People and Culture in Oceania
Online ISSN : 2433-2194
Print ISSN : 1349-5380
Do Traditional Calendars Forecast Vegetation Changes in Western Sumba, Indonesia? Analyses of Indigenous Intercalation Methods and Satellite Time-Series Data
Furusawa TakuroSiburian Rikson
ジャーナル オープンアクセス

2019 年 35 巻 p. 1-30


This study examines the role of traditional calendars in regulating agriculture in a tropical monsoon climate in Western Sumba Island, Indonesia. Our findings indicate that Podu, which marks the end of the dry season and the start of land crop agriculture, and Nyale, which marks the late rainy season and the start of rice planting, are cardinal points at which local calendars are synchronized to the luni-solar cycle. Analyses of 391 normalized difference vegetation index (NDVI) images that were issued every 16 days from 2000 to 2017 revealed that the timing of Podu and Nyale did not correspond with specific vegetation levels across different years due to fluctuations influenced by extreme weather events. However, time-series analyses of the same images disclosed that Podu and Nyale represented the bottom and the peak of “standard” seasonal vegetation changes, respectively, suggesting that these calendars represent Western Sumbanese adaptations to the unstable monsoon climate.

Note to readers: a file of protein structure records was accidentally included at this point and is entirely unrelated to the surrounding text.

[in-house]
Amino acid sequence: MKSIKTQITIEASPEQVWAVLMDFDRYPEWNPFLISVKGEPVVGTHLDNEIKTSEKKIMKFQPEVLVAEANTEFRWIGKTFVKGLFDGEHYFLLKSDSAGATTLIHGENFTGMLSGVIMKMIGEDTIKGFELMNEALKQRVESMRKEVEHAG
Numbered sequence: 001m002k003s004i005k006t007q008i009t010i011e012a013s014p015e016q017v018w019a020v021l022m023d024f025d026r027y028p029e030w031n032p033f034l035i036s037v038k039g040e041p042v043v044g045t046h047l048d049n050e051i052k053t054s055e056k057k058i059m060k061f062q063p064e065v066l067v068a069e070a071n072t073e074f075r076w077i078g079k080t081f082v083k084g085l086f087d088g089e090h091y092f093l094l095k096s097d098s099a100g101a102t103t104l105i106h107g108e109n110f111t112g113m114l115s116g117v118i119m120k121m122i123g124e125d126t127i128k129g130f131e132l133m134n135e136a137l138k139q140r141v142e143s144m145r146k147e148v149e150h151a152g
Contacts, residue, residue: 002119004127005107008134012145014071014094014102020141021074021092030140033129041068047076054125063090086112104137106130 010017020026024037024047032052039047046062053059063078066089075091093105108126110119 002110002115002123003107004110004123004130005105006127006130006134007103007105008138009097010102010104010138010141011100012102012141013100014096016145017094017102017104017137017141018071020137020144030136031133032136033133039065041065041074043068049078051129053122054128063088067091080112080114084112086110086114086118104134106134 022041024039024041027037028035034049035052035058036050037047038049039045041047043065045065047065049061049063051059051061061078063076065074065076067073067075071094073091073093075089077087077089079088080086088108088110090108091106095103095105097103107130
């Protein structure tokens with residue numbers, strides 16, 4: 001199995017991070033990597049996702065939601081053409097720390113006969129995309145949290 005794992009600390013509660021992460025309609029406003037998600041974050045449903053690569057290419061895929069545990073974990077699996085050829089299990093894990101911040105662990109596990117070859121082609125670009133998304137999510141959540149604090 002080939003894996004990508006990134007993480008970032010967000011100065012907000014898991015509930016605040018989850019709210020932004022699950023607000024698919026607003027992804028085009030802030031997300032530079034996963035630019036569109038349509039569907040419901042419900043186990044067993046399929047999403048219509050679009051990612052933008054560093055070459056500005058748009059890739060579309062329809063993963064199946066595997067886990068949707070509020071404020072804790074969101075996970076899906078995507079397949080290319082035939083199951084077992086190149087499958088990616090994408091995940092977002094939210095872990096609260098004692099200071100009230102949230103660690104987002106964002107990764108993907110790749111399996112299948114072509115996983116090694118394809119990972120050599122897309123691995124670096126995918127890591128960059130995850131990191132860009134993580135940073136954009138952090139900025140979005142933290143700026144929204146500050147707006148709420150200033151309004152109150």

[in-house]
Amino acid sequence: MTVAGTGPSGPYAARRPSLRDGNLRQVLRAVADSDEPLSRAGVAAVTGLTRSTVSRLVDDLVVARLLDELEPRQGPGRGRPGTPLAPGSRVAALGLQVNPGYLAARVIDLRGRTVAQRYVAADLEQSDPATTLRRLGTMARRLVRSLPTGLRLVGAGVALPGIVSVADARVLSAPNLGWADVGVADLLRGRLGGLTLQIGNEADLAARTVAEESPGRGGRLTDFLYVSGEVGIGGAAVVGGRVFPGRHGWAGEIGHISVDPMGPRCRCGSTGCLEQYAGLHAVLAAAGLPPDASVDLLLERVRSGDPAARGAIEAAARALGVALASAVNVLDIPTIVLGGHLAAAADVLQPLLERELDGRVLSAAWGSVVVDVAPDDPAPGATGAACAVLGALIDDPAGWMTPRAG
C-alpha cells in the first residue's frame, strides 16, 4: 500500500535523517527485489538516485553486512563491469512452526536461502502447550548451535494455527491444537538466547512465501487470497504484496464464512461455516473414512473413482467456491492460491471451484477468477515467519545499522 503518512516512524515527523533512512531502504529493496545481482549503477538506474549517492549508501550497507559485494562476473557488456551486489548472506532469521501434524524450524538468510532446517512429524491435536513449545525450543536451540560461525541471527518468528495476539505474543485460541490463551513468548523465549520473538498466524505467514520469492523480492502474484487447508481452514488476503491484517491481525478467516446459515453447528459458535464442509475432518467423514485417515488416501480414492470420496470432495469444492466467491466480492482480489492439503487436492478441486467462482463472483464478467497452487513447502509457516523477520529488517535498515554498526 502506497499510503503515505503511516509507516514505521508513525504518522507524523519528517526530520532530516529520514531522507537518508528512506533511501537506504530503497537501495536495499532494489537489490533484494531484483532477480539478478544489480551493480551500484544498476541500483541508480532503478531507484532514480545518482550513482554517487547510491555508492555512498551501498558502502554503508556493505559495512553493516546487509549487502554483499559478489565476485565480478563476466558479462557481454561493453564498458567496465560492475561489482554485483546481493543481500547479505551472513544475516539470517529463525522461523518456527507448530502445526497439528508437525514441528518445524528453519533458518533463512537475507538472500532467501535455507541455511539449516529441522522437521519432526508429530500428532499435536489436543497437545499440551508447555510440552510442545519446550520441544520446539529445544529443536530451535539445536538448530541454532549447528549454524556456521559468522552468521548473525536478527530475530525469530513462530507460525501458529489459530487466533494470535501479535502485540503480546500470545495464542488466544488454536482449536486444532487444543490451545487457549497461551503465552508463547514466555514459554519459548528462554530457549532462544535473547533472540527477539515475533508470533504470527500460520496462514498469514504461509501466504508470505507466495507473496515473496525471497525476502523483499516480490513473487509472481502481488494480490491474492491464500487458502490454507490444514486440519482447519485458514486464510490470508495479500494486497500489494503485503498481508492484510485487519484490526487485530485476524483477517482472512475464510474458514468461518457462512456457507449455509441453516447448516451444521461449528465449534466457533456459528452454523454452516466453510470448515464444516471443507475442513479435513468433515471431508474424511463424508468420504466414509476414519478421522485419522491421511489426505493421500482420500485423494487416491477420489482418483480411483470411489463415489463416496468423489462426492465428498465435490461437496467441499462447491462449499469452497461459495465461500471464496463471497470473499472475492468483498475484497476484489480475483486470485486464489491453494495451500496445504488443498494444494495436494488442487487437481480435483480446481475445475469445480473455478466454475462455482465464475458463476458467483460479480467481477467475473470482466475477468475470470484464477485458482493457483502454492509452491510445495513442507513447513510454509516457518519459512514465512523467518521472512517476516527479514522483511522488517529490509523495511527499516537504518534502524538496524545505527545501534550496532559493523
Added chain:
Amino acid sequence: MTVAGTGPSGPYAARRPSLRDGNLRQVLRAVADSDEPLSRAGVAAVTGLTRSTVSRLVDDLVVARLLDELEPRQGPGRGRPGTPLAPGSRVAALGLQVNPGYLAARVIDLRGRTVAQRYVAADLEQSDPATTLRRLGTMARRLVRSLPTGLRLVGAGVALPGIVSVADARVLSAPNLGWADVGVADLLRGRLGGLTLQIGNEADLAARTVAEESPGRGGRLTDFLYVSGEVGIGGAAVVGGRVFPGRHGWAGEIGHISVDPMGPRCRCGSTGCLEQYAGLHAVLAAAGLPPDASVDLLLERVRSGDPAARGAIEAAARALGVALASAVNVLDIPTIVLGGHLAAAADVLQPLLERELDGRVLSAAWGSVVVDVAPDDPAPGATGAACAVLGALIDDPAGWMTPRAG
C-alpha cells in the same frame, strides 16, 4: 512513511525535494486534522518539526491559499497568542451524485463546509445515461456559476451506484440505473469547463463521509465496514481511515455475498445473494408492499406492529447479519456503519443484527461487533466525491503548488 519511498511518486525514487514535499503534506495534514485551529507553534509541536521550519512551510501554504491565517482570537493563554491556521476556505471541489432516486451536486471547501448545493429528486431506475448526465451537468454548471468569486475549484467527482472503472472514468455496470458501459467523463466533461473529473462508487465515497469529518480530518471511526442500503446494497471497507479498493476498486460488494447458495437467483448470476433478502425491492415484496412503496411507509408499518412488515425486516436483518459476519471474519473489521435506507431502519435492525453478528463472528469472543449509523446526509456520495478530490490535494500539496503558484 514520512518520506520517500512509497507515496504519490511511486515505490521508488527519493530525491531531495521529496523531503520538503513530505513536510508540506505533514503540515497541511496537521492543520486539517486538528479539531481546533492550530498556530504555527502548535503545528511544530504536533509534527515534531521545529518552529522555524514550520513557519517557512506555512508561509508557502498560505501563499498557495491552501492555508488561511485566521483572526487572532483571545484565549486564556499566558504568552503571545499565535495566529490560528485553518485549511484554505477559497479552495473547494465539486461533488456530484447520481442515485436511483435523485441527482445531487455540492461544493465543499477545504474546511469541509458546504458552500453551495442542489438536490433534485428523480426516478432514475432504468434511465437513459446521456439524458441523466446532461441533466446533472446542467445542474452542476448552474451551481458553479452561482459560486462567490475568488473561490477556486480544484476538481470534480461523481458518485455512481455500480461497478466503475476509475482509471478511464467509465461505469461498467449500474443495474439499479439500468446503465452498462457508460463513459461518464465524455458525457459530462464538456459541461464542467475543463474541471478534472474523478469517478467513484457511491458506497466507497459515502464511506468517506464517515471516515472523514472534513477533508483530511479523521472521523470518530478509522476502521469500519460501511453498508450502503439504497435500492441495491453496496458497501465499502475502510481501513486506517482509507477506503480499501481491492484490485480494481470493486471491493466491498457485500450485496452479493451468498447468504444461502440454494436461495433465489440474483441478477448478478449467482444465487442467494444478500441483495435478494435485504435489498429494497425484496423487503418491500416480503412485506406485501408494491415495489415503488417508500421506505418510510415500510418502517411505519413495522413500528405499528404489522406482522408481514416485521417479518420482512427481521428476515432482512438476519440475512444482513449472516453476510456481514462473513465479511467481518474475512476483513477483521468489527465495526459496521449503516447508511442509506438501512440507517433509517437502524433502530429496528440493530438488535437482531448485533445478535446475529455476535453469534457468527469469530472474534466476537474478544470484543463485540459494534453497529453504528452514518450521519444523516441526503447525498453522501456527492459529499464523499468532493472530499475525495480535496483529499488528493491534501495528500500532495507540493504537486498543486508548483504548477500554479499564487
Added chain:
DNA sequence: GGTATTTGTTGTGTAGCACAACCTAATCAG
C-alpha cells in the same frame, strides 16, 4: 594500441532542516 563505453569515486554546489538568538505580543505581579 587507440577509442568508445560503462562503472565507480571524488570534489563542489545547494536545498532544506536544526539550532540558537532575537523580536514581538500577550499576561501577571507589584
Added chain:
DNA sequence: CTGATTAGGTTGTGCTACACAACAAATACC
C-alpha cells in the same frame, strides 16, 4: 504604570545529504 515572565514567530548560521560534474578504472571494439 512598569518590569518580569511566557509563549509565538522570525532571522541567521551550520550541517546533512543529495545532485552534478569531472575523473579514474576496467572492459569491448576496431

© 2019 Japanese Society for Oceanic Studies